The EESC issues between 160 and 190 opinions and information reports a year.
It also organises several annual initiatives and events with a focus on civil society and citizens’ participation such as the Civil Society Prize, the Civil Society Days, the Your Europe, Your Say youth plenary and the ECI Day.
The EESC brings together representatives from all areas of organised civil society, who give their independent advice on EU policies and legislation. The EESC's326 Members are organised into three groups: Employers, Workers and Various Interests.
The EESC has six sections, specialising in concrete topics of relevance to the citizens of the European Union, ranging from social to economic affairs, energy, environment, external relations or the internal market.
Current: Speech by Diversity Europe Group President Séamus Boland at the conference on 'Civil Society Organisations during and after COVID-19'
Speech by Diversity Europe Group President Séamus Boland at the conference on 'Civil Society Organisations during and after COVID-19'
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Speech by Séamus Boland, President of the Diversity Europe Group
Inaugural panel of the conference 'Civil Society Organisations During and After Covid-19: what challenges and what future?'
12 March 2021
Esteemed speakers, ladies and gentlemen, dear colleagues,
It is with great pleasure that I welcome you to the first thematic conference of our Group during this mandate. An event that will look at the engagement of civil society organisations during the Covid-19 pandemic, the challenges they faced and the roles they aspire to in the future.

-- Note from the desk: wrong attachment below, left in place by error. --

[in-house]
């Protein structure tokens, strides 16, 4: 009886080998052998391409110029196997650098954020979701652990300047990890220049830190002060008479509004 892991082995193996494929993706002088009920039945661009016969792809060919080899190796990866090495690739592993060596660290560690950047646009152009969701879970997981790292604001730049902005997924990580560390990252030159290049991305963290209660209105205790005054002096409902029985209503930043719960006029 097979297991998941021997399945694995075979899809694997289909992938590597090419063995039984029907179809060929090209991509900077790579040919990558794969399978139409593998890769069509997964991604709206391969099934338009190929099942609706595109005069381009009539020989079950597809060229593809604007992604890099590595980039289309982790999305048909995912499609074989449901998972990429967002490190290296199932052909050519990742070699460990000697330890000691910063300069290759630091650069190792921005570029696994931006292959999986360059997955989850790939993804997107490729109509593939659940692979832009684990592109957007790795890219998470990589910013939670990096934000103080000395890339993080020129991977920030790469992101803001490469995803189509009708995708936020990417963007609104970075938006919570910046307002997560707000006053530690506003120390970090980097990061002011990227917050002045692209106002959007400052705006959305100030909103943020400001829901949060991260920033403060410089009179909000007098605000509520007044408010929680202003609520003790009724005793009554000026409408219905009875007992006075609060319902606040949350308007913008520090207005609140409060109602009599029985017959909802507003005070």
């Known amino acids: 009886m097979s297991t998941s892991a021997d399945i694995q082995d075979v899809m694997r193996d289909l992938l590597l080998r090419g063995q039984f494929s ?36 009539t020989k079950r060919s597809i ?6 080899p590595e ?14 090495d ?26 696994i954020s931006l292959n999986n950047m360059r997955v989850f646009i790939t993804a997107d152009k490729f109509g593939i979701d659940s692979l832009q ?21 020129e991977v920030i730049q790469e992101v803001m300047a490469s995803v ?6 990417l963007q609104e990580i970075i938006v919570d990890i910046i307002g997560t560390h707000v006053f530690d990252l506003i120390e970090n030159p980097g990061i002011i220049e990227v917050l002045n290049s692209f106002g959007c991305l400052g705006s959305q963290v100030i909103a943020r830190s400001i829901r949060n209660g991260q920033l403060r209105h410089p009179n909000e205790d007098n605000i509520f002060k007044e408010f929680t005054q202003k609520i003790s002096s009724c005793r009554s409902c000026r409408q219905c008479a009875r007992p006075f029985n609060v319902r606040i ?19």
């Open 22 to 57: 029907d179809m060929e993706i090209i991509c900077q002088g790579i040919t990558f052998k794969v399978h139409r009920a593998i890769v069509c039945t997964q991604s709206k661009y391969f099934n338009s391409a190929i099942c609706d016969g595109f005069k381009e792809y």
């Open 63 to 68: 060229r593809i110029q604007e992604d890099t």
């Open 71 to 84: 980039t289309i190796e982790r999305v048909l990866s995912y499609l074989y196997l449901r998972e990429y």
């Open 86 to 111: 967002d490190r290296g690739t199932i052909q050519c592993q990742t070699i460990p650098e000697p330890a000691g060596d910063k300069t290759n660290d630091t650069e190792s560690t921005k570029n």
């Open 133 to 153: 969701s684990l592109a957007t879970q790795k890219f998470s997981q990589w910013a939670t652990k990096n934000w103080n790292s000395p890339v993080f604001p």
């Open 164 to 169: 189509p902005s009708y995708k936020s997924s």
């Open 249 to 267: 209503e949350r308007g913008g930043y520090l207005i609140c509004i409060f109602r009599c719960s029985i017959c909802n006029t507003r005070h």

As individuals, most of us very much look forward to the 'post-Covid-19' era. To regaining our freedoms, embracing our loved ones and just getting back to normality. The same can be said for civil society organisations.
Indeed, there are great aspirationsby civil society, that after the Covid-19 pandemic the values of social solidarity and cohesion, inter-generational cooperation and sustainability, which really came to the fore during this crisis, will remain in the hearts and minds of citizens and on the policy agenda of politicians. Ultimately, the prospect of exiting this pandemic raises the opportunity for civil society and citizens, to tell politicianswhat typeof society they want to create and live in!
And this is where concrete collaboration with EU and national authorities should commence. For let us not forget: Article 3 of the Treaty on the European Union states that the aim of the EU is the promotion of peace, its values and the well-being of its people. At the same time, the Covid-19 pandemic has shaken up our communities, societies and economies to such an extent, that now is the right time to re-think our growth and governance models. It is the right time to balance economic prosperity with social inclusion, human capital, sustainability and well-being. Ensuring that no individual, territory or community are excluded, nor left behind and encouraging young people to take the lead. Crucially, civil society and public authorities must continue to defend democratic governance, fundamental rights and the rule of law.
But this can only be achieved under two conditions. The first, is that there is policy cohesion. A holistic and integrated approach to policy making which actively promotes EU values and the well-being of its people. The post-Covid recovery cannot be dealt with in isolation. There must be direct links to the SDGs and poverty reduction, to just green and digital transitions.